PAR: A theory of possibility in Belfast and Connecticut

Probably one of the best books I have read so far on PAR is this latest book by Alice McIntyre*. In the hour it takes to read it is possible to gain theoretical and practical insights into PAR as McIntyre draws on her experience of two PAR projects – one with women in the Monument Road community of Belfast and the other with students in an inner-city school in the US.

McIntyre starts by tracing the history of PAR from the 1970s. She notes the differences in theoretical perspectives of PAR researchers (eg Marx, Gramsci, Freire, Lewin and Critical Theory) and also how their research disciplines can shape their emphasis. For example, researchers interested in community development tend to stress issues of equity, oppression and access to resources in contrast to management and organization theory researchers who focus on individual and interpersonal action. Although PAR encompasses a diverse range of activities, political ideologies and methods, McIntyre identifies three shared characteristics:

  • active participation of researchers and participants in co-construction of knowledge;
  • promotion of self and critical awareness that leads to individual, collective and or social change;
  • building of alliances between researchers and participants in planning, implementation and dissemination of the research process.

In addition, McIntyre argues that even though every project is different, reflecting their “context specificity”, the PAR process is cyclical, involving exploration, knowledge construction and action where questioning, reflecting, dialoguing and decision-making are core activities. Using Belfast and Connecticut as her setting she explores the broader elements of PAR: Participation, Action and Research.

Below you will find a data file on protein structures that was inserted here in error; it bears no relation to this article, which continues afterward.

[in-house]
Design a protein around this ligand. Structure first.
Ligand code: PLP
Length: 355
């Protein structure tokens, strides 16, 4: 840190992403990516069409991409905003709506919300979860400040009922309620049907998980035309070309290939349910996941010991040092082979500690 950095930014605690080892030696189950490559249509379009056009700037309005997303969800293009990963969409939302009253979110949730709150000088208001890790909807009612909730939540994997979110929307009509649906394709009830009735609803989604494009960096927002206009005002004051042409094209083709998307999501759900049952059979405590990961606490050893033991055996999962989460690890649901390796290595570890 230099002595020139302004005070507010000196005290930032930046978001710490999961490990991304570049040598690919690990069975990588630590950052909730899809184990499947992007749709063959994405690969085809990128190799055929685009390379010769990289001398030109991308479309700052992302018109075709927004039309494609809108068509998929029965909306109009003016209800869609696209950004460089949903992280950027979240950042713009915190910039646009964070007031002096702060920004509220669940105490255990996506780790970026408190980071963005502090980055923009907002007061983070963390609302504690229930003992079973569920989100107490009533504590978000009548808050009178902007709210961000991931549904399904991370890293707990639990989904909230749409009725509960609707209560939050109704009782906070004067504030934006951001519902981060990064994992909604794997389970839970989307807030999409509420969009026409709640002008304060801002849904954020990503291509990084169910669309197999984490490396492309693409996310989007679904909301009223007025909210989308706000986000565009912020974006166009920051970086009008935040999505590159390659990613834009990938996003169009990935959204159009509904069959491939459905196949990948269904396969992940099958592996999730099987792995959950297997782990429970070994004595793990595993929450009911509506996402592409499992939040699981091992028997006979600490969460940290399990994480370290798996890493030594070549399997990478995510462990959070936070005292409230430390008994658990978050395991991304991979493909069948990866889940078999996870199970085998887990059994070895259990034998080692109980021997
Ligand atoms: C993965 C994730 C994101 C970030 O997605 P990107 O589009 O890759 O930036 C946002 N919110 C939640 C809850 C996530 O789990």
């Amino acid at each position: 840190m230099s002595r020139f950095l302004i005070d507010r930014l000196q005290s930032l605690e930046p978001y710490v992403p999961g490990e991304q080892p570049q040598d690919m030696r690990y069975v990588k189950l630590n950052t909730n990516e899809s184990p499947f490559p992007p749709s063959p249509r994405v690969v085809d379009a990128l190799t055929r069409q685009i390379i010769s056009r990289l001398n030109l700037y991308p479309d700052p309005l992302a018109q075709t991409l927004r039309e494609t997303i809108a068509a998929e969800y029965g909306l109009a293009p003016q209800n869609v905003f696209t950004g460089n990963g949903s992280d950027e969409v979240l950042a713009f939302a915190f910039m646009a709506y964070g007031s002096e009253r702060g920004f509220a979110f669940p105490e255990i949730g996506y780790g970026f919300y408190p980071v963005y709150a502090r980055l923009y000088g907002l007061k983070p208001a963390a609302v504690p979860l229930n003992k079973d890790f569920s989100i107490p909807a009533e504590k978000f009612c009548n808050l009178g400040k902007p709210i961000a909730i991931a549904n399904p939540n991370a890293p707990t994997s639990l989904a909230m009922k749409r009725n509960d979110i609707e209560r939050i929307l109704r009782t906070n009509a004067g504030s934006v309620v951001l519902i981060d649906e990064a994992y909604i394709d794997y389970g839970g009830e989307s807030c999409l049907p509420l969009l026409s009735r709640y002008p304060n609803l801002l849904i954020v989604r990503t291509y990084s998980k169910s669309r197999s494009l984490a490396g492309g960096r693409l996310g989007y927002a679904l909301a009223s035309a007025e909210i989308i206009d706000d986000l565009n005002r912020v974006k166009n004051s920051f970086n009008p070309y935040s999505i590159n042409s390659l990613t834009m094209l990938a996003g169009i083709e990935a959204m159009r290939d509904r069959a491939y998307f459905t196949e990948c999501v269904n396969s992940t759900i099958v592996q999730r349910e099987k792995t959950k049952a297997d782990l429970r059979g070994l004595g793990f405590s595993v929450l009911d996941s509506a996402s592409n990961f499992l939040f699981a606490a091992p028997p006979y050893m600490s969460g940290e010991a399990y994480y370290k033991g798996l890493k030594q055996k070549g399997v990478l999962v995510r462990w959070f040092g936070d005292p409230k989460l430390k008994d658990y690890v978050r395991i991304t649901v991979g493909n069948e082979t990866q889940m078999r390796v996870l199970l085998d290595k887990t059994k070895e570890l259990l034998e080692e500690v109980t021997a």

McIntyre places the emphasis on the quality of participation and not its proportionality – in other words, she seeks to value participation which reflects different levels of individual engagement and skills. Her experience is that the “participation of people living in conflicted communities in the context of a PAR project is always in flux” (25) and “it is unlikely that each party, individually or collectively, can or will participate equally in a PAR process” (31). Participation can be difficult within group settings as people are self-conscious and can resist project-related activities. She gives an example of how one participant drifted away from the project and raises broader questions about how project participants reach consensus, build community and share responsibility in the context of missing participants. The importance of defining roles and responsibilities is seen to be critical.

The role of the researcher is also discussed in some detail. McIntyre explores how a researcher might initiate a PAR project – should they approach the community group or can the researcher approach a community to instigate the project? She argues that academics also face particular challenges. How much assistance should they provide to the PAR project with the risk of telling people how to do things – “too pedagogic and or manipulative”. She outlines how she works with her research team before the projects starts to try to eliminate stereotypical beliefs that might create barriers to learning and to grapple with the ethical challenges that need to be confronted such as who decides on the research questions, who participates, who will speak for whom, who owns the data generated in a PAR project, what actions will be taken and how will information be disseminated.

Three things particularly struck me in this section. First, the importance of humor in overcoming tensions. Secondly, the objective of a PAR project to provide “opportunities for local people to develop strategies and garner resources for changing their environments for the better” (30) and finally, the inclusion of the students definition of participation:

“Participation means being part of the group and paying attention to what it is we’re doing. Action means that we have to agree to do things that are good for the project”….[research means] investigating and studying things so that we can understand them better”.